On May 24, 2010, the IOM held a workshop to examine the issues surrounding the use of newborn screening samples for translational research, including autonomy, confidentiality, privacy, informed consent, and consent to future use of samples originally taken for a different purpose. Participants discussed the benefits of making samples available for research; ways to ensure the privacy of individuals while allowing scientists to make use of samples; and strategies for making samples available for additional uses without compromising the main function of the newborn screening program. This document summarizes the workshop.”Read Full Post | Make a Comment ( None so far )
“What is meant by ‘community engagement’? This report looks at how we define communities and addresses barriers that some communities face when accessing health services.
There is a key focus on maternity, which seems to have specific obstacles around engagement.
The report contains a number of recommendations including:
Understand and define ‘community engagement’. Being clear about the group you are working with and the aspects of engagement you wish to use is essential for success.
Make sure you have an authentic community: those who belong to it should identify with each other and recognise themselves as a community or group with shared activities and aspirations.
Find and work with leaders, or those with leadership potential, in that community.
The report notes that pregnant women often become part of a community of pregnant women and new mothers. This community is separate from their usual community which might be based on family, friends, locality, faith or ethnicity.
This means that when engaging pregnant women and new mothers with healthcare services, you must consider the other communites that they might be part of.”Read Full Post | Make a Comment ( None so far )
The role of GPs in maternity care – what does the future hold? – The King’s Fund’s Inquiry into the Quality of General Practice in England – August 2010
The role of GPs in maternity care – what does the future hold? – The King’s Fund’s Inquiry into the Quality of General Practice in England – August 2010 Report in pdf (pdf 397 kb)
“To inform its work, the Inquiry panel commissioned a discussion paper to examine what good-quality maternity care looks like and the implications for general practice. The [report] assesses the current state of general practice involvement in maternity care, what GPs can do to stimulate and maintain care quality, and how care quality can be measured. The paper’s authors are Alex Smith, former Health Policy Researcher, The King’s Fund, and Judy Shakespeare, GP.”Read Full Post | Make a Comment ( None so far )
Report of the Regulation and Quality Improvement Authority (RQIA) review of interpartum care – Northern Ireland – 2010
Report of the Regulation and Quality Improvement Authority (RQIA) review of interpartum care – Northern Ireland – 2010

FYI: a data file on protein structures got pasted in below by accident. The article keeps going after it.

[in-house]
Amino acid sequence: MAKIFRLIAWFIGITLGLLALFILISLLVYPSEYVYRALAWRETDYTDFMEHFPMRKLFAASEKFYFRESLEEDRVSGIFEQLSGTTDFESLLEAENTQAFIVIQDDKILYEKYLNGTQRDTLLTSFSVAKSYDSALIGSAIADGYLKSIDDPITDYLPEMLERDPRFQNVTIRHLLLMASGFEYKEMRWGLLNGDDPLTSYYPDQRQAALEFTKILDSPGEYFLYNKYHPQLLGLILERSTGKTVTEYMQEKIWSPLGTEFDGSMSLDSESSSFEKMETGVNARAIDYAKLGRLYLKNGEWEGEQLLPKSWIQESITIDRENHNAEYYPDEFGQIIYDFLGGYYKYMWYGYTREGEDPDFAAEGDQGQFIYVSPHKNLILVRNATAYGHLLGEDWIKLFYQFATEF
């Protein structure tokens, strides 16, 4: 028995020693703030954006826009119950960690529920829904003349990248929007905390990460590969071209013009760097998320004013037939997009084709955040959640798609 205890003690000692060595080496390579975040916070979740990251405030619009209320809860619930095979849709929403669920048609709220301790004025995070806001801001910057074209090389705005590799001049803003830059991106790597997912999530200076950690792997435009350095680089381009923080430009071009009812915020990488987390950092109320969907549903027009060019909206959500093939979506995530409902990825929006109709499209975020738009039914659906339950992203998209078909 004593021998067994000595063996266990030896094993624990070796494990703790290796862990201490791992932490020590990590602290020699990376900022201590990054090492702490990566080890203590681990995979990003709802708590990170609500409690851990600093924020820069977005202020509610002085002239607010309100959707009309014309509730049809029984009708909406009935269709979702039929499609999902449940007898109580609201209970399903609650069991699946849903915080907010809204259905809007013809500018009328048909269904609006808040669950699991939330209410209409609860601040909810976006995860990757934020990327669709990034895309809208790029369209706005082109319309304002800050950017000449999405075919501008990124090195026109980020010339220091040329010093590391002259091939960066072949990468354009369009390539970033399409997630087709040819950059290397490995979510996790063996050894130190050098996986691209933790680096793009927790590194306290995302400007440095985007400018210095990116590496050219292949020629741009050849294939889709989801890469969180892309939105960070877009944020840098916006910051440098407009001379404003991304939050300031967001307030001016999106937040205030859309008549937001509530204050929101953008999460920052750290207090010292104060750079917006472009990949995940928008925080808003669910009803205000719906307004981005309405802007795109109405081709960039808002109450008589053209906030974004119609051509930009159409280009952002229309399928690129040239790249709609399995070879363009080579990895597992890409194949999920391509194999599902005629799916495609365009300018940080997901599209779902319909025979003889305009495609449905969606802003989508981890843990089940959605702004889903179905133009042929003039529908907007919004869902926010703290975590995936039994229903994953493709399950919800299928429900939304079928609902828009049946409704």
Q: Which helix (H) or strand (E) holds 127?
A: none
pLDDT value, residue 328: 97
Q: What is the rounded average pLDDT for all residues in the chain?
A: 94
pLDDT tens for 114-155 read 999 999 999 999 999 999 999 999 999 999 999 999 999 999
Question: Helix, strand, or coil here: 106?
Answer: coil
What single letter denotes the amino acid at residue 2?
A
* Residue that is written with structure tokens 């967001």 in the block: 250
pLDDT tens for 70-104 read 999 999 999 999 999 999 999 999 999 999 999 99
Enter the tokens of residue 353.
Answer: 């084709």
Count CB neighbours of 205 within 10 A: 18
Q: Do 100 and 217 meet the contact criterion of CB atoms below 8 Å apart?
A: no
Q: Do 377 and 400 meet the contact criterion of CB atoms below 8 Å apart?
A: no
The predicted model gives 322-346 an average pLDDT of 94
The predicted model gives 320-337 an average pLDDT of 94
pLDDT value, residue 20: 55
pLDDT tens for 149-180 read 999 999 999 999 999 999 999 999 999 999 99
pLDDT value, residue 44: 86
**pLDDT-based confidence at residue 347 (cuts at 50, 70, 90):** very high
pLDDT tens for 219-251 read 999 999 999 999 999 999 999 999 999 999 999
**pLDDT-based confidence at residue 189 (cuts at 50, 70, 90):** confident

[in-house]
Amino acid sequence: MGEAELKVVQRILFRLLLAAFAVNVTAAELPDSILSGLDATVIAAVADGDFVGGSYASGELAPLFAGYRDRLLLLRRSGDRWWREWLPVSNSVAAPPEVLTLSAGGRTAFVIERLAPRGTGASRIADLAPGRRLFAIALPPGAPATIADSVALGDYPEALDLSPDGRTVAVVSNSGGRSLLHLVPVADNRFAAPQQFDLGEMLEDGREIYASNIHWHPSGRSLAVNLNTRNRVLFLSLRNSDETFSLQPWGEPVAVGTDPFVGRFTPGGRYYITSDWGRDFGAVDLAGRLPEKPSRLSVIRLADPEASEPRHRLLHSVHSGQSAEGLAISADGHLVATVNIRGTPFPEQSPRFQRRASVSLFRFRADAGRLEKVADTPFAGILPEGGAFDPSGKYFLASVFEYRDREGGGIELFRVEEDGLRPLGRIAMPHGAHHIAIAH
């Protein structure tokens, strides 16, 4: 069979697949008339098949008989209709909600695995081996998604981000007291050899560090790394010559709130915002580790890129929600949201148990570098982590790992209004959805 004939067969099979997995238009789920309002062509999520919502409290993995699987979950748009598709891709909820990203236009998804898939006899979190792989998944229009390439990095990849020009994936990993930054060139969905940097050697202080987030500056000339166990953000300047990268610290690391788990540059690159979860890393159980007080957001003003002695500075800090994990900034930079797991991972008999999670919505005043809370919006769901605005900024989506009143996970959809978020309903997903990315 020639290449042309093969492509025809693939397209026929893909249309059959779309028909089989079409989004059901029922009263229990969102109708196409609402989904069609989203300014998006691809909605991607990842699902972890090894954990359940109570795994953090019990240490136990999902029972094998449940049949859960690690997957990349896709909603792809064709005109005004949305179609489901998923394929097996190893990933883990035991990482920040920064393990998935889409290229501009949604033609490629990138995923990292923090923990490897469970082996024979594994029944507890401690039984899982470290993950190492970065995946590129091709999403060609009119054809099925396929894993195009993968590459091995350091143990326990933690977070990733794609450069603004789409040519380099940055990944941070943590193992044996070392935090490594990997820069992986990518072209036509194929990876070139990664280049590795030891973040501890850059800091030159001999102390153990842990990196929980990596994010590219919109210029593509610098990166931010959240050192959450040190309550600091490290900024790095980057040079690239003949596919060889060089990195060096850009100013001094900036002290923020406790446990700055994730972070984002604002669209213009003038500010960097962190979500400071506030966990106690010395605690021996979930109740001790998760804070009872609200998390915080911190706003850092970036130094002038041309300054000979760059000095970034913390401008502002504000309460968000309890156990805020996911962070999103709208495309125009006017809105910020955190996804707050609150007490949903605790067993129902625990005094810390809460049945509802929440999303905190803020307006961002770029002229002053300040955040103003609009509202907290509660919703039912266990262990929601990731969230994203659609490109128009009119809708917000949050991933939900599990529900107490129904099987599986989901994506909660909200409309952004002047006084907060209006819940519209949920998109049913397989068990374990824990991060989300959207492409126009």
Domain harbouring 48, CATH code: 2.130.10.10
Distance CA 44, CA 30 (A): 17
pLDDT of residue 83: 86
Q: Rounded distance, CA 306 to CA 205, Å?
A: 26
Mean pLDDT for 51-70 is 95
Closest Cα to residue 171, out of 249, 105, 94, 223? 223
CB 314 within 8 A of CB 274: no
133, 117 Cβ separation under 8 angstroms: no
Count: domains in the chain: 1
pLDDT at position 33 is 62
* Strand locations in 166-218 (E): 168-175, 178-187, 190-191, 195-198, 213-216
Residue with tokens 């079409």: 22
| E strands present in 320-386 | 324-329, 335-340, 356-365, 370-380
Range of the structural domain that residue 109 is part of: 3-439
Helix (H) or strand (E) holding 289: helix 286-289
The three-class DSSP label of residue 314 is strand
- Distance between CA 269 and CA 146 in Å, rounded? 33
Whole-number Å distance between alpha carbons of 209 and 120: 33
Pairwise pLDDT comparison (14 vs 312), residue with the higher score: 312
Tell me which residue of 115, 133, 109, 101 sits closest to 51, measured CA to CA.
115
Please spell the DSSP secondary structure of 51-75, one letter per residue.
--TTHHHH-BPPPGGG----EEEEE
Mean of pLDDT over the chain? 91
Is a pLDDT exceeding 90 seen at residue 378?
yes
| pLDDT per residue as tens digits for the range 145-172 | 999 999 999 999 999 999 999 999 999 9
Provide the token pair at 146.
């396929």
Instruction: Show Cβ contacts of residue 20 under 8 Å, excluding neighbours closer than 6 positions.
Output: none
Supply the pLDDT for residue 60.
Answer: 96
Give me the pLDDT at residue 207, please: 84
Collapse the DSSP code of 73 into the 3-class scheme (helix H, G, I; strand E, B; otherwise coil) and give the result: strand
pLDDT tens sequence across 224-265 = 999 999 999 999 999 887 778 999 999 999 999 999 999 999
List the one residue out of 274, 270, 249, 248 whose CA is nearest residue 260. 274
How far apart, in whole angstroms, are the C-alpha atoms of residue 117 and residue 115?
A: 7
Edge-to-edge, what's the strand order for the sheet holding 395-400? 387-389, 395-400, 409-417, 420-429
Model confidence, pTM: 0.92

This report evaluates the quality of care in maternity services across Northern Ireland and it highlights the need for a maternity services strategy to be developed. The report provides direction and recommendations for improvements in the quality and safety of care for women in labour and during delivery.Read Full Post | Make a Comment ( None so far )
Draft National Guidance on Collaborative Maternity Care – NHMRC – 26 March 2010
“The National Health and Medical Research Council (NHMRC) has released for public comment a draft of the National Guidance on Collaborative Maternity Care.
NHMRC was commissioned by the Department of Health and Ageing to undertake this work as part of the national maternity reform activities.
Clarity about how to establish and maintain collaborative practice for all maternity care providers will be essential in ensuring the success of new arrangements. It will be of particular relevance for the newly defined eligible midwives. Successful collaboration should improve access, choice, quality and safety for all pregnant women and their communities.
Submissions are invited from interested individuals, organisations and colleges.
The closing date for submissions is Friday 27 April 2010.”
“Washington, DC – Planned Parenthood in Mississippi and the Sexuality Information and Education Council of the United States (SIECUS) released Sex Education in Mississippi: Why ‘Just Wait’ Just Doesn’t Work, which outlines the status of sex education and failed abstinence-only-until-marriage programs in Mississippi. The report found that young people in Mississippi are currently experiencing some of the worst sexual health outcomes in the country, and are also subjected to ineffective abstinence-only-until-marriage programs and restrictive laws that limit the ability of teachers and school districts to implement comprehensive sexuality education.”
…continues on the websiteRead Full Post | Make a Comment ( None so far )
Reproductive health: Findings from the Australian Longitudinal Study on Women’s Health – January 2010
Reproductive health: Findings from the Australian Longitudinal Study on Women’s Health – January 2010
Authors: Deborah Loxton and Jayne Lucke, on behalf of the Australian Longitudinal Study on Women’s Health
“This report focuses on the reproductive health of women from the Australian Longitudinal Study on Women’s Health (ALSWH). The report was developed on the basis of discussions between the ALSWH research team and the staff of the Australian Government Department of Health and Ageing and has the broad aim of examining reproductive health among Australian women of child bearing